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Old 04-01-2017, 10:33 AM   #11
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If we've bought very large items during the year, like a car, we've added the sales tax paid as the IRS estimator allows you to do.
There are strict limits as to what constitutes a major purchase. Major purchases include:
A motor vehicle (including a car, motorcycle, motor home, recreational vehicle, sport utility vehicle, truck, van, and off-road
vehicle)
An aircraft or boat
A home or substantial addition to or major renovation of a home.

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Old 04-01-2017, 10:46 AM   #12
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It's really quite easy when you use Quicken to track your spending. I calculate the sales tax by categories. For example, if I spend $3,000 on gasoline and the sales tax rate here is 7% I divide $3,000 by 1.07 and subtract the result from $3,000 giving sales tax of $196.26. I spend maybe 15 minutes on this at the end of the year. My hourly rate is zero so it costs me nothing to do this and last year I increased the sales tax deduction by about $1,500 which at a 28% bracket saved me $420 or $1,680 an hour. Not bad work for a retired guy.
Gill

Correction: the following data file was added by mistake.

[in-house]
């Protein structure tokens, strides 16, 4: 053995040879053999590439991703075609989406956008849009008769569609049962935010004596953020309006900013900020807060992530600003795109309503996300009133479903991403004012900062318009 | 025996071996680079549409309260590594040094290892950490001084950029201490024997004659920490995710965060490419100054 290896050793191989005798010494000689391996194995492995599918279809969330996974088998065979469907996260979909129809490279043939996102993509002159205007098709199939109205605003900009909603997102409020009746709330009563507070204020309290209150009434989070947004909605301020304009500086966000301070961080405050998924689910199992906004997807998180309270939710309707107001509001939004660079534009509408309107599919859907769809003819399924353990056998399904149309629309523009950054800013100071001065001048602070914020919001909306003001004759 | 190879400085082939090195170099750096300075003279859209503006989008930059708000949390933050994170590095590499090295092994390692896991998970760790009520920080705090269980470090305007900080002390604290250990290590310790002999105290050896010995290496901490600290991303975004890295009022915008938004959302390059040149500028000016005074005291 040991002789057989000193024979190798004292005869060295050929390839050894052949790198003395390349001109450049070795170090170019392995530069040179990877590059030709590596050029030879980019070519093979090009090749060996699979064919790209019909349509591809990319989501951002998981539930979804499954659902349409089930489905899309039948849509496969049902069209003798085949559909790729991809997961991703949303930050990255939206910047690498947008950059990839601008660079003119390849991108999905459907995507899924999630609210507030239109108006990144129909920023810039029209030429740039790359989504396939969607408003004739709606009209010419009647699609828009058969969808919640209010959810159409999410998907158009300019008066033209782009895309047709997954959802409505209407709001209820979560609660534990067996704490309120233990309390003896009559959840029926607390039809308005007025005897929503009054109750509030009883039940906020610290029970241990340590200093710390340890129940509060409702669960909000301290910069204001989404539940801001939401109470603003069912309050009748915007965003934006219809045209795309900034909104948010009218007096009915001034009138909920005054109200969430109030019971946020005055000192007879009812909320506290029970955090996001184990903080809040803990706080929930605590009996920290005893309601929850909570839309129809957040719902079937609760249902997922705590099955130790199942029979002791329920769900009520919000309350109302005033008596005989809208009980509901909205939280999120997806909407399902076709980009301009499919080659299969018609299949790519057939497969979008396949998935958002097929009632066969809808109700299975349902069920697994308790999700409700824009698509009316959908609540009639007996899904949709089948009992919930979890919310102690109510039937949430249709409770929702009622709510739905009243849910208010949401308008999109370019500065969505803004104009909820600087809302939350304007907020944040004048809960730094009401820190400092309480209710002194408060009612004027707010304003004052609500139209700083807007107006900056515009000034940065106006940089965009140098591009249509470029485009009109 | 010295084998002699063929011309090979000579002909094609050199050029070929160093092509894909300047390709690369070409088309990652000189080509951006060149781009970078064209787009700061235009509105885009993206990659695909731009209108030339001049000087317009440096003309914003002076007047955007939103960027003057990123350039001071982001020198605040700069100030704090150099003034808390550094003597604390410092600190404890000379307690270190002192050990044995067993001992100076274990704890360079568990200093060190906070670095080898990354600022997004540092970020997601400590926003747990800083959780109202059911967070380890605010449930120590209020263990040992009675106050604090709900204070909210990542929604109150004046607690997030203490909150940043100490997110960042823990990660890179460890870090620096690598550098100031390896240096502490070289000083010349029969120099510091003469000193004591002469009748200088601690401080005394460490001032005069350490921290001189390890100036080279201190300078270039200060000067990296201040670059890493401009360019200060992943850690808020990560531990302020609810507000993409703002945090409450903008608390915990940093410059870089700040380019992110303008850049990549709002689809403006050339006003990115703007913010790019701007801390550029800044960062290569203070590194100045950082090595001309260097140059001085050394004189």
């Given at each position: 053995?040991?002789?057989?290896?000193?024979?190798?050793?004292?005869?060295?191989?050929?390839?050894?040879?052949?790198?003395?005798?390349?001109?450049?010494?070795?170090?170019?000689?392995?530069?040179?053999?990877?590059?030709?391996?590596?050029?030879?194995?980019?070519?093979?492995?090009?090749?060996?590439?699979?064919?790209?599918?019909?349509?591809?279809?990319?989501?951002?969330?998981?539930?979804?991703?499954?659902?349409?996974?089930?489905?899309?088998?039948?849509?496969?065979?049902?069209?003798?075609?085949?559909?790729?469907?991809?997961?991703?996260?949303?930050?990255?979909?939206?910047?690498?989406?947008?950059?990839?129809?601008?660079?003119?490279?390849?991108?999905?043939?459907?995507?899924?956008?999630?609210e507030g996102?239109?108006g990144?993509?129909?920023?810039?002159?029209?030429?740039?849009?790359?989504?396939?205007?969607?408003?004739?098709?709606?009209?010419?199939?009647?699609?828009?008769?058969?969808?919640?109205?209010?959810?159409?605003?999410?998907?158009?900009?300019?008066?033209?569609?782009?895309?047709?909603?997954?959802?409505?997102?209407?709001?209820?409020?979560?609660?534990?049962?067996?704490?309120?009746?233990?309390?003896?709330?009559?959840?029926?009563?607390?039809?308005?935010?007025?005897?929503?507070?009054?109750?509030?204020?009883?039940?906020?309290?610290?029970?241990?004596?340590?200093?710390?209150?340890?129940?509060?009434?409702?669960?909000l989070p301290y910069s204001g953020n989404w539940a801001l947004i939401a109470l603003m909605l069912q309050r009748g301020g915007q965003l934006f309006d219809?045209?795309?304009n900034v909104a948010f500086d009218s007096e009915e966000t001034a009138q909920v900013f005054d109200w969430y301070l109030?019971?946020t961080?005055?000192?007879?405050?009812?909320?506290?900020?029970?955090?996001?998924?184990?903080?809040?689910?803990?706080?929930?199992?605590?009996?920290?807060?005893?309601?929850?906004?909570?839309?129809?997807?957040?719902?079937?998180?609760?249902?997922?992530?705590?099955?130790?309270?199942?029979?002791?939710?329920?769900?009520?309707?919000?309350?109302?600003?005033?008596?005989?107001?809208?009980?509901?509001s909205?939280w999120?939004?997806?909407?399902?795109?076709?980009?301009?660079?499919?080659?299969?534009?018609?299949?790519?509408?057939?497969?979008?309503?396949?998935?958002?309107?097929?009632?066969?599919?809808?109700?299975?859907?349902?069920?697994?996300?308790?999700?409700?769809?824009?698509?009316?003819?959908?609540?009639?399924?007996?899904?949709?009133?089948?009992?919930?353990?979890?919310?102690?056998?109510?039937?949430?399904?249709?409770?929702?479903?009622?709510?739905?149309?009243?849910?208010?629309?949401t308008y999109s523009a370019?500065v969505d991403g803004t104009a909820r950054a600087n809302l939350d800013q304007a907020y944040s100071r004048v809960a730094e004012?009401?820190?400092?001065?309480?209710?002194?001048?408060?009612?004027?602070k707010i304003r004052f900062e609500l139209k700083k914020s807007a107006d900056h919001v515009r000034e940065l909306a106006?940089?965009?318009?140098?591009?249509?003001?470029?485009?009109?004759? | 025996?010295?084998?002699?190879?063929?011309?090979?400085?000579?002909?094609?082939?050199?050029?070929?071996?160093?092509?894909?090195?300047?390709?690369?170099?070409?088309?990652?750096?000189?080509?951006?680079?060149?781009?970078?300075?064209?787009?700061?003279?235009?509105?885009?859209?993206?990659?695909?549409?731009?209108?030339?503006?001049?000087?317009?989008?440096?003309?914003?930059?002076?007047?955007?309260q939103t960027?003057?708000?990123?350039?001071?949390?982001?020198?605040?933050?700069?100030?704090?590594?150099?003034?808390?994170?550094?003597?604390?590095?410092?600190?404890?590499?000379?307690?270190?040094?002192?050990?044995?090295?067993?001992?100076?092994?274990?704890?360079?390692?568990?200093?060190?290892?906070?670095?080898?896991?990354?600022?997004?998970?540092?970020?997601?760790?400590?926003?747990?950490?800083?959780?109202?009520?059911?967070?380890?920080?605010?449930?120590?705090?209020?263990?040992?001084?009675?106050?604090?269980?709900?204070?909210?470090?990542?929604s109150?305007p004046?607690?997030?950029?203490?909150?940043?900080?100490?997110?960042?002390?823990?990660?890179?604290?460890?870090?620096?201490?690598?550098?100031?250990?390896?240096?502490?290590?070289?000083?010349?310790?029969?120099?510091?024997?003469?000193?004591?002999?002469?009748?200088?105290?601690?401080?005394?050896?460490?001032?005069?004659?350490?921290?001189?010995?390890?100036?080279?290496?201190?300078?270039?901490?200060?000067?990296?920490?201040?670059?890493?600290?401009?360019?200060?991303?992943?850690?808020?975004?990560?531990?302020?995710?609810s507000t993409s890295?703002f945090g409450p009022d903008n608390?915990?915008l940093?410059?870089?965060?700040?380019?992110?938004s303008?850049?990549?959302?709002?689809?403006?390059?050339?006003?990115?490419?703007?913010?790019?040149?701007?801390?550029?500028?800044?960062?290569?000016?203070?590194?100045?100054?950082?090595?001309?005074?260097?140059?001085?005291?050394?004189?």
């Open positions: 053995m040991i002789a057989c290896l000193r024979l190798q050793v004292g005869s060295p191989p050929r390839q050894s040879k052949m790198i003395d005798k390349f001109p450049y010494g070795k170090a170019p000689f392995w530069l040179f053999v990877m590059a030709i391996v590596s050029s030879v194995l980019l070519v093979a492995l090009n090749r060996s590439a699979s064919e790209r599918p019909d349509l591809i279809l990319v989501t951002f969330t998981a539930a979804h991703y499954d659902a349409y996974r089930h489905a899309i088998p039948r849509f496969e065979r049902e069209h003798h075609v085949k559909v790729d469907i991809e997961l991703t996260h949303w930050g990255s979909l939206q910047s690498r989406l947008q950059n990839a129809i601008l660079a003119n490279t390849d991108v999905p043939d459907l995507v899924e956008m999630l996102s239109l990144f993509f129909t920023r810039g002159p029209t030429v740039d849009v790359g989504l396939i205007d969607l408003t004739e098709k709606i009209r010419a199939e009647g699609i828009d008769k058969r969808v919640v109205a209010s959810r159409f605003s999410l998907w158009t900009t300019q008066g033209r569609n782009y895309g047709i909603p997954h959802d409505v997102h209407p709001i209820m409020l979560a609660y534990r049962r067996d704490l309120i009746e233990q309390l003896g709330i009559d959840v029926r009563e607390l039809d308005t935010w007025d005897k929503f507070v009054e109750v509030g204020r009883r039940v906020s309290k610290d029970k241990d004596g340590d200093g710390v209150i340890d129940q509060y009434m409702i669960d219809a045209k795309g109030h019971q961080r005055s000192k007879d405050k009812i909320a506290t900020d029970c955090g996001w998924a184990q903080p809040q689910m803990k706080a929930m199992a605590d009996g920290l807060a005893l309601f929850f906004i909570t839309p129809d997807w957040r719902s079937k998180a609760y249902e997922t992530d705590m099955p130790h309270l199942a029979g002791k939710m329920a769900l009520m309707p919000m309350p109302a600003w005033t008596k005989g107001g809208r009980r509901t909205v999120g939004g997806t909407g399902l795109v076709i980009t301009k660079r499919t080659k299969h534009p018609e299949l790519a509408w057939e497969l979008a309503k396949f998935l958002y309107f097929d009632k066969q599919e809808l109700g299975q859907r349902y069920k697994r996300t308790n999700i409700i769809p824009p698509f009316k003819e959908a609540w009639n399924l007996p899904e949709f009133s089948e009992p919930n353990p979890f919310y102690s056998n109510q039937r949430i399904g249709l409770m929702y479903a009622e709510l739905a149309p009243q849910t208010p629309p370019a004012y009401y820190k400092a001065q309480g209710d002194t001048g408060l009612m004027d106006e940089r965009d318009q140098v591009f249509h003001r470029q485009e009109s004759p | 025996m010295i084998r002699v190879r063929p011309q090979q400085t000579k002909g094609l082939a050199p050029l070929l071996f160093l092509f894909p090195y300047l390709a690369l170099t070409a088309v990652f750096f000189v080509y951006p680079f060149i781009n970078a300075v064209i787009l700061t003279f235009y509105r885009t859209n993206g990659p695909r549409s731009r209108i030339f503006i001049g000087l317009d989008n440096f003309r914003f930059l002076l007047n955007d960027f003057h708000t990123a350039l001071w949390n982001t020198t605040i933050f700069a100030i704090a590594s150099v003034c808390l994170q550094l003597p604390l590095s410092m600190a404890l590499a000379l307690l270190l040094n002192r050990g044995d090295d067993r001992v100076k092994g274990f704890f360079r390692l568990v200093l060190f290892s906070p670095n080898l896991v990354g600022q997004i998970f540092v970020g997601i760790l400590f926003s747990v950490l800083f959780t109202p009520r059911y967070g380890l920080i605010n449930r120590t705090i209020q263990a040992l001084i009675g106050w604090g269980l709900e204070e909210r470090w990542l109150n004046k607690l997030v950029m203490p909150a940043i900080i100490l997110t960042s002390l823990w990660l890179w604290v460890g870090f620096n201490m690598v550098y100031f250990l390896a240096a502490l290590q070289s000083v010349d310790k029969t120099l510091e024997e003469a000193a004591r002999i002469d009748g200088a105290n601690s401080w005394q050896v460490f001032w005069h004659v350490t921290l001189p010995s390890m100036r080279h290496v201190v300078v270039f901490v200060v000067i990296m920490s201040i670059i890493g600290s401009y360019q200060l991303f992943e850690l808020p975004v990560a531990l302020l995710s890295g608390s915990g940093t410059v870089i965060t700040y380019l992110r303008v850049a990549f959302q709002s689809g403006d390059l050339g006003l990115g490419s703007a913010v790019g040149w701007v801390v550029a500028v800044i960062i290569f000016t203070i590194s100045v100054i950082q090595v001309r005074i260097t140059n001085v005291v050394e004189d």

You should check me, but I believe all gas taxes are not allowable/includable IRS expense when calculating for sales tax paid deduction.
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Old 04-01-2017, 10:50 AM   #13
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You should check me, but I believe all gas taxes are not allowable/includable IRS expense when calculating for sales tax paid deduction.
You're correct. I didn't say I deducted gasoline taxes but only the general sales tax on gasoline. Federal and state gasoline taxes are no longer deductible, although they once were. Even taxes on cigarettes were once deductible and many people claimed the deduction who didn't even smoke.
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Old 04-01-2017, 02:30 PM   #14
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You're correct. I didn't say I deducted gasoline taxes but only the general sales tax on gasoline. Federal and state gasoline taxes are no longer deductible, although they once were. Even taxes on cigarettes were once deductible and many people claimed the deduction who didn't even smoke.
Gill
Sure, but as you described in your example, I think you are still overestimating the sales tax paid on gasoline.

Quicken has the total spent on gasoline as $3000. By calculating the 7% tax on that total, you are including the other state gasoline taxes in the calculation. Did you pay sales tax on those state gasoline taxes? Probably not; so you would have to somehow back out the other gas taxes from that $3000 total before calculating the 7% sales tax paid.